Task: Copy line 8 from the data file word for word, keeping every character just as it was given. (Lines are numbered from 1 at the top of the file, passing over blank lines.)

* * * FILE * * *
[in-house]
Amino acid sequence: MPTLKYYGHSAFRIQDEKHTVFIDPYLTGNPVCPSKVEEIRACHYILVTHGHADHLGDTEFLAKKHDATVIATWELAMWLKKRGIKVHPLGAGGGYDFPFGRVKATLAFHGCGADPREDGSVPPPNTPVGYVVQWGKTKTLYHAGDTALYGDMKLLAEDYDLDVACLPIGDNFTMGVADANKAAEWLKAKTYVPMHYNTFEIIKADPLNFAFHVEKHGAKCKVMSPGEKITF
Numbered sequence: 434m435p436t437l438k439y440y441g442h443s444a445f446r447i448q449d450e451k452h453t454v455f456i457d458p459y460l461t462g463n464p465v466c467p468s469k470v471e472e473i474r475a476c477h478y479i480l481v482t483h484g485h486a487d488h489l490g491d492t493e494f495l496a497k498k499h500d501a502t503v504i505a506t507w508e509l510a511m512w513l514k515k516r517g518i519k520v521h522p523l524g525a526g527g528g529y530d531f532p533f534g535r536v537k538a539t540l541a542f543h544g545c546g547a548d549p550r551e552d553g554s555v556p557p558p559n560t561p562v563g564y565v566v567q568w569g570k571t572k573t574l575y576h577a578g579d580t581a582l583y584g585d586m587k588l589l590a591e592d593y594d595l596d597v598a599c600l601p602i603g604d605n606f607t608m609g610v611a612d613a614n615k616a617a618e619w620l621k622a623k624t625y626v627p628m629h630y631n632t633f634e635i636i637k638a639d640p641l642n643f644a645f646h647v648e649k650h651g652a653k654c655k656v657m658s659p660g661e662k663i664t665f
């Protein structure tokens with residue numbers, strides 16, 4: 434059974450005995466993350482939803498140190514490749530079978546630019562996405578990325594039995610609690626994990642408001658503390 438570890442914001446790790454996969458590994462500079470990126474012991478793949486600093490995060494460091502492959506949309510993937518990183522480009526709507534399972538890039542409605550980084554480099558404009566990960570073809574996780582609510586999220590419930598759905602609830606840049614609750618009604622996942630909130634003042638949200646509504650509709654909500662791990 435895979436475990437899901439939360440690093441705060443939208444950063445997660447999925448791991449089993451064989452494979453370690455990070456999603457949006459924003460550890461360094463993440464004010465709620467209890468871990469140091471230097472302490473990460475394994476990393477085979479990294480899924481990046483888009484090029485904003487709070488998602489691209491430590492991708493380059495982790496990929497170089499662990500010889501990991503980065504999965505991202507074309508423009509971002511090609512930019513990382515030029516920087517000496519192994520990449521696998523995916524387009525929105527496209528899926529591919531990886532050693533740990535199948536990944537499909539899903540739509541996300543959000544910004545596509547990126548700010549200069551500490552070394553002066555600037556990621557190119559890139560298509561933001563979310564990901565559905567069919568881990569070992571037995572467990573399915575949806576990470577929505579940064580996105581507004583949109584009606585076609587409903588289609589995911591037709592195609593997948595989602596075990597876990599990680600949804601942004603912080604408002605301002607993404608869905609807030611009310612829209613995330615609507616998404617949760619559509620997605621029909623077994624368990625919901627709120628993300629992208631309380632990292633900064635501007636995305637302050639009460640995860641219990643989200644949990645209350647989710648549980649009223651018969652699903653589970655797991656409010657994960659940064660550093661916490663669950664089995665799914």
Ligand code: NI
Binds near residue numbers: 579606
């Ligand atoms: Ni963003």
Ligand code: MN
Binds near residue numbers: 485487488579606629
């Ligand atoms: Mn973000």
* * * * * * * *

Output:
Ligand code: MN